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					          DCS DCP Manufacturers’ Certification Meeting
                           Day 2
                                Virginia Beach, Virginia
                               Wednesday, March 23, 2004

                                        Minutes

                          Continuation of Presentations
Data Compression
Ryan Shoup of the MIT Lincoln Labs presented a study that focused on the application of
Lossless Data Compression to the DCPR communications link. The purpose of any
compression would of course allow a reduction in transmission time and therefore an
increase in system capacity. He pointed out that DCP messages may not be well suited
for compression due to a possibly small compression ratio. The study was not algorithm
specific. Compression would be done at source (DCP), decompression at the reception
site, and could be done either in hardware or software/firmware. Two techniques
examined in the study: one software and one hardware. Error propagation is inherent
with compression and needs to be minimized, but normally is not a big problem. The use
of error queue channels aids in error reduction or elimination. Possibly a DCPI channel
could be used as a queue channel in order to reduce error propagation. Ryan reported
that error propagation will affect the BER. Also, the feature which is used to control
error propagation on the Internet, Automatic Repeat Request (ARO) will not be available
for DCS use. He said that some compression failures in the study could have been
pseudo binary format or very short messages. It may be possible to enforce compression
on ASCII messages, which would be more amenable to compression. The compression
presentation is included as an attachment.

Root Raised Cosine Filtering (RRC)
Ryan Shoup next presented an overview of the advantages and disadvantages of applying
RRC filtering to the DCPR system. The implementation of RRC would increase the
spectral efficiency (bits per second/Bandwidth (Hz) of the system. However, an increase
in the number of DCS users would require an analysis of possible system power impacts.
A schematic was shown that illustrated the addition of a shift register that would be
needed at the DCP level for a DCS RRC implementation, and could be done in either
software or hardware. A favorable RRC spectrum can be achieved with only a few
coefficients yielding a curve that is nearly the ideal (theoretical). Ryan showed that in
general BER is reduced as the number of coefficients is increased. The BER can be also
be lowered by matching the receive filter to the transmitter RRC waveform. He then
discussed the DCS power level requirements and tradeoffs at both the DCP and satellite
level for a variety of pulse shapes. Also, some comparisons were made for OPSK, and 8-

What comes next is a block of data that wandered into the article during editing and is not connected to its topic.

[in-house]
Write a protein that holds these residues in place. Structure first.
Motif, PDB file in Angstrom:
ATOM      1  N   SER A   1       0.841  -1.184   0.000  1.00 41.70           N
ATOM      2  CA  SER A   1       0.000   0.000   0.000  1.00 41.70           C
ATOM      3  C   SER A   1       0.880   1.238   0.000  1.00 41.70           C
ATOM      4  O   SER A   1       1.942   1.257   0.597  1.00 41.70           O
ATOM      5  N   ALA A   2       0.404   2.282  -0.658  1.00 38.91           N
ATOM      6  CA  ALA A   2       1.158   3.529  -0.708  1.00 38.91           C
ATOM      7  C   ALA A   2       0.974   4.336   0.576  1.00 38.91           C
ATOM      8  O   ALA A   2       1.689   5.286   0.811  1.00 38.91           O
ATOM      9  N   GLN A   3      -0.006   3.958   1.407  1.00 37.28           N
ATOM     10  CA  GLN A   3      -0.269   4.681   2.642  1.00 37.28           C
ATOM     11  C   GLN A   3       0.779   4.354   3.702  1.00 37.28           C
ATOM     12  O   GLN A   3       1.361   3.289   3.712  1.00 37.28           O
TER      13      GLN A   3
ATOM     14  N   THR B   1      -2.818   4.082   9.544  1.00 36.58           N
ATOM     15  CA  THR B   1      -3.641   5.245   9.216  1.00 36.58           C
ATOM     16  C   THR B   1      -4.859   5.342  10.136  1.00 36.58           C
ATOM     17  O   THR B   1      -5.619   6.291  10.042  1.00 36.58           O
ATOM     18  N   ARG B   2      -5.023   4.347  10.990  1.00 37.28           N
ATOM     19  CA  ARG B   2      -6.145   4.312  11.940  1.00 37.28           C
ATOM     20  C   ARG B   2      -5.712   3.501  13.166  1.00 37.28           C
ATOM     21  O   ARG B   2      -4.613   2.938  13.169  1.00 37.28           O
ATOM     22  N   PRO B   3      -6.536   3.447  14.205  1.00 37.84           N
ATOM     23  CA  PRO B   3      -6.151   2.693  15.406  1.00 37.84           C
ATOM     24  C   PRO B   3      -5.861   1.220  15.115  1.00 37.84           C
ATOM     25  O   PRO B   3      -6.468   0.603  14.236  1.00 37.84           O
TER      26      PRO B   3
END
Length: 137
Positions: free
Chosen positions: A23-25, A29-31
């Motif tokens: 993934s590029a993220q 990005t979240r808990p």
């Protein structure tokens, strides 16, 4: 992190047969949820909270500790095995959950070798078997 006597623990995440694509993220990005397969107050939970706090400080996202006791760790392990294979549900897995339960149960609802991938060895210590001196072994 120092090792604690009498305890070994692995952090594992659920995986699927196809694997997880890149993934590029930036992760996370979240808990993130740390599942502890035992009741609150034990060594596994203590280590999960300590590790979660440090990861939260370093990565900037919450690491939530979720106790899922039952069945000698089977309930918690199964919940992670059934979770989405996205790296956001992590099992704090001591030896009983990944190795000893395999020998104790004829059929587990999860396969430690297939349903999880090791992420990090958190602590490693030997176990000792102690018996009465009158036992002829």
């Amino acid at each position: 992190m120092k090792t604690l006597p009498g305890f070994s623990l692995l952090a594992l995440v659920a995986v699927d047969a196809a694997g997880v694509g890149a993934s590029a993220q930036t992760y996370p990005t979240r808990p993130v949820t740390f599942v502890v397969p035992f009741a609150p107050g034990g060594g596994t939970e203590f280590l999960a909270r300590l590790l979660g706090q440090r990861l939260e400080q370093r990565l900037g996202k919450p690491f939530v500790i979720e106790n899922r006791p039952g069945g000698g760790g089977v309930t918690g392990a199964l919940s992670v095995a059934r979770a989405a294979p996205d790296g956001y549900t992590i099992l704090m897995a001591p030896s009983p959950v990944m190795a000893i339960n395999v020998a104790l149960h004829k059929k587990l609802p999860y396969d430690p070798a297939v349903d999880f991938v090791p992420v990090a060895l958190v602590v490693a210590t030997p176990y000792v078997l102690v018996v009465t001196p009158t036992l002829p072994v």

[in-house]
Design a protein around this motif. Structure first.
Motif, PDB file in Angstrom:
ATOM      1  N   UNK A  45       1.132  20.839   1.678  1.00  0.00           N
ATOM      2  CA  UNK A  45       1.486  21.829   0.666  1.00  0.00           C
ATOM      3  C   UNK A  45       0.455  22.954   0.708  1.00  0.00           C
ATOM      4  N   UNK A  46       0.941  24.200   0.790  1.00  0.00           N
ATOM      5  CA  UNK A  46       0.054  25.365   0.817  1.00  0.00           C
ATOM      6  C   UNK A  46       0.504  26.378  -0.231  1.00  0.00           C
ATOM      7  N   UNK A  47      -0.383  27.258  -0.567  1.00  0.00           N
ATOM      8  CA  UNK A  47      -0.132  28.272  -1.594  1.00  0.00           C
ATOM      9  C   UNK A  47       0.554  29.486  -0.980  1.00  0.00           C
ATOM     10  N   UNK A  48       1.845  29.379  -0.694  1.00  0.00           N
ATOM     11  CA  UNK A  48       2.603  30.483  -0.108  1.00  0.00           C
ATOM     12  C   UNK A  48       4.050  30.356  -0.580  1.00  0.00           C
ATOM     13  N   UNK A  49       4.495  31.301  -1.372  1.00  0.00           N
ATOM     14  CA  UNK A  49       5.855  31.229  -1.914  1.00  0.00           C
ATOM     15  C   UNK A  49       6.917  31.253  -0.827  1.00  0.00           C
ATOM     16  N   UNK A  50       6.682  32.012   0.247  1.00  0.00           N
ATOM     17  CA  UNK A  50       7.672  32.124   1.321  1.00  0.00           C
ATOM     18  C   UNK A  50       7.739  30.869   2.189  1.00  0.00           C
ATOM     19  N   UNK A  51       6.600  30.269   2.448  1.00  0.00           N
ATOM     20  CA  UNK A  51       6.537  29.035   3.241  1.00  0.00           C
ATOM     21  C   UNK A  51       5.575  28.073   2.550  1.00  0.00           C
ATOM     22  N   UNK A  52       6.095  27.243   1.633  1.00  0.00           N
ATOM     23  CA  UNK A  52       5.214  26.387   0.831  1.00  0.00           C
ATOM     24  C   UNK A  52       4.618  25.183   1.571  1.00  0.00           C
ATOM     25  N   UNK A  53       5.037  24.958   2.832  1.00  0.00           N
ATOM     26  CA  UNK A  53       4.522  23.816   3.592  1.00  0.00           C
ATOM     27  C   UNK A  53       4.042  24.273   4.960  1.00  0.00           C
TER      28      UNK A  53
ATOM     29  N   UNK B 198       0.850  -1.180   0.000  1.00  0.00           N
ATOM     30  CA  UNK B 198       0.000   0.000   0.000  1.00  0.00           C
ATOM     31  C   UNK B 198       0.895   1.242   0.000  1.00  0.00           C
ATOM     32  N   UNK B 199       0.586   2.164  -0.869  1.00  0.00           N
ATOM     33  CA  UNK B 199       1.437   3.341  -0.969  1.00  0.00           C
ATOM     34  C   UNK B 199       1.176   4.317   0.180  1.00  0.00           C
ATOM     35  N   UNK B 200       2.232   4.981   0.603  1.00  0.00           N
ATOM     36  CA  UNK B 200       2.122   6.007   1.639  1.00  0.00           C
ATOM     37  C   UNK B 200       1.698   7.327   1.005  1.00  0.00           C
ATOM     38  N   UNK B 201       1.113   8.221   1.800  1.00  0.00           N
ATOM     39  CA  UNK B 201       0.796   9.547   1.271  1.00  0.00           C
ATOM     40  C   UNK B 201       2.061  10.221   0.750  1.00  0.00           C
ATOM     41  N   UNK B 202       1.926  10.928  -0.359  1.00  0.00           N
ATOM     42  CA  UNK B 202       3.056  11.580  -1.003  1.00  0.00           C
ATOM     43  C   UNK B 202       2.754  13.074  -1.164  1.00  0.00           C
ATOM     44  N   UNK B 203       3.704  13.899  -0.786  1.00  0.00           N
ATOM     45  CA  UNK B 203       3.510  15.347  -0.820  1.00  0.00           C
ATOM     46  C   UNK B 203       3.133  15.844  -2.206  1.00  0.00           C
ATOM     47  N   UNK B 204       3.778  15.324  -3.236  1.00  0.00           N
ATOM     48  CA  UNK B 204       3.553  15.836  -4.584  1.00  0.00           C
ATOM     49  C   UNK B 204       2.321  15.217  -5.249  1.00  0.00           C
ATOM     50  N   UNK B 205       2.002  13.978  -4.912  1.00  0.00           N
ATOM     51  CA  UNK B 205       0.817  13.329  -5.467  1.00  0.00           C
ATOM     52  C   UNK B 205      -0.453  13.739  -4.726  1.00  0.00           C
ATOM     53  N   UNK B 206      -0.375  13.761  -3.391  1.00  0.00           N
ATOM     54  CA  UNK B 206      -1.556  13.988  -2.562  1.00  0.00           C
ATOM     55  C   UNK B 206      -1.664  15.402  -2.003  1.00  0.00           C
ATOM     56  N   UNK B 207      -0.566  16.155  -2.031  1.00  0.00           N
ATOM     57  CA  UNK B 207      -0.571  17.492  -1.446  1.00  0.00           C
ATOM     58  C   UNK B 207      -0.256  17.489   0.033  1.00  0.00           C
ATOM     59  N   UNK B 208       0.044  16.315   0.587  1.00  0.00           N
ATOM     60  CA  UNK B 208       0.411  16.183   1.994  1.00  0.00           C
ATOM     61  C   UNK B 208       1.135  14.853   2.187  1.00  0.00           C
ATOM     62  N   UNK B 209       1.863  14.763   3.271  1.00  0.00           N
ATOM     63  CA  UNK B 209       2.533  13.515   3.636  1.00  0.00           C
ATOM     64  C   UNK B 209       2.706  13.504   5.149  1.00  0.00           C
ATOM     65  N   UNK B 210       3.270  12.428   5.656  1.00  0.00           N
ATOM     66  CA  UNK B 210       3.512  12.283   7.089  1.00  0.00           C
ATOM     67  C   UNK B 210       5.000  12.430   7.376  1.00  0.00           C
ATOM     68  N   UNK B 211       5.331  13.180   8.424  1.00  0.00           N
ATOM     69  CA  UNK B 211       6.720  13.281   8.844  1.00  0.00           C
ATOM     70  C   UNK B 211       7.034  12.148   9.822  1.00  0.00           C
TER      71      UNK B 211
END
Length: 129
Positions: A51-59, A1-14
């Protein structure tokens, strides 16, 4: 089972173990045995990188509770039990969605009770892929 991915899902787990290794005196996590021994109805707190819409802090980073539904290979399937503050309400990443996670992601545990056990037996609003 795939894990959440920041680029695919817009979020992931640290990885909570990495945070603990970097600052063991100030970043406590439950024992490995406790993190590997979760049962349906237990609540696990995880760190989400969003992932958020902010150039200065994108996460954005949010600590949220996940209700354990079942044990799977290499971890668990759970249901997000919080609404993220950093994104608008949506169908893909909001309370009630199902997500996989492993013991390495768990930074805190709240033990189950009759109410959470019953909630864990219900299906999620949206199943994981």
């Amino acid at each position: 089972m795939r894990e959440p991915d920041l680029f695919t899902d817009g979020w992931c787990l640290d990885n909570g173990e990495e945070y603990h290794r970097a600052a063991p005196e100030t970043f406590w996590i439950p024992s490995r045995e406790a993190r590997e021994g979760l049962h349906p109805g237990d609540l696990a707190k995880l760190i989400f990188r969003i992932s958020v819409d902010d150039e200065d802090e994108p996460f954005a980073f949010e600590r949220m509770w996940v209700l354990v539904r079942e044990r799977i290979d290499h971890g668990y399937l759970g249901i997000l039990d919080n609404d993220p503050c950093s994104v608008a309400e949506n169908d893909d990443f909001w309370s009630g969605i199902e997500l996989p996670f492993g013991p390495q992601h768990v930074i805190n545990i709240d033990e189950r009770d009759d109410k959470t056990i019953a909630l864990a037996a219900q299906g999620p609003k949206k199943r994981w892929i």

PSK. He summarized by saying that the RRC achieves better spectral efficiency but
could result in DCP amplifier saturation at 1200 bps. Additionally, more linear amplifiers
may be needed, but generally the upgrade costs should be low. Finally, going to double



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the channels and RRC may require the use AGC and possibly increased G/T on the
ground. Ryan’s RRC presentation is include as an attachment.
Harry Betsill pointed out that separate demodulators would be required for RRC filter
reception. The current DAMS NT would support reduced channel widths of 750 Hz and
2250 Hz for 300 and 1200 BPS respectively.

CDMA
Ryan presented a quick CDMA report due to time constraints. He explained that with
CDMA there were IDs established by signature sequences of the message using a unique
user code. CDMA generally requires close system power management and that system
BER will gradually increase with an increase of the number of users beyond some critical
point. The industry is currently generating standards for 3rd generation CDMA wireless
Internet use. He reported that there exists both Asynchronous and Synchronous CDMA
applications. A CDMA DCP system would be many to one in that multiple DCPs would
transmit to a single CDA. The DCPI CDMA would be one to many. DCS would not use
orthogonal codes, but instead use non-orthogonal CDMA coding. Ryan said that a DCS
CDMA overlay system could result in interference to the FDMA users. It will be
necessary to control amount of interference. He recommended CDMA use for
emergency DCPs, and that the overlay signals could coexist with existing FDMA
channels without any system changes. Three approaches to power control were
presented. He advised that there could be a problem with the lack of an applicable
CDMA chip set. Current cellular chip sets may not be appropriate for the DCS. Ryan’s
presentation is included as an attachment.

DAMS NT Demodulators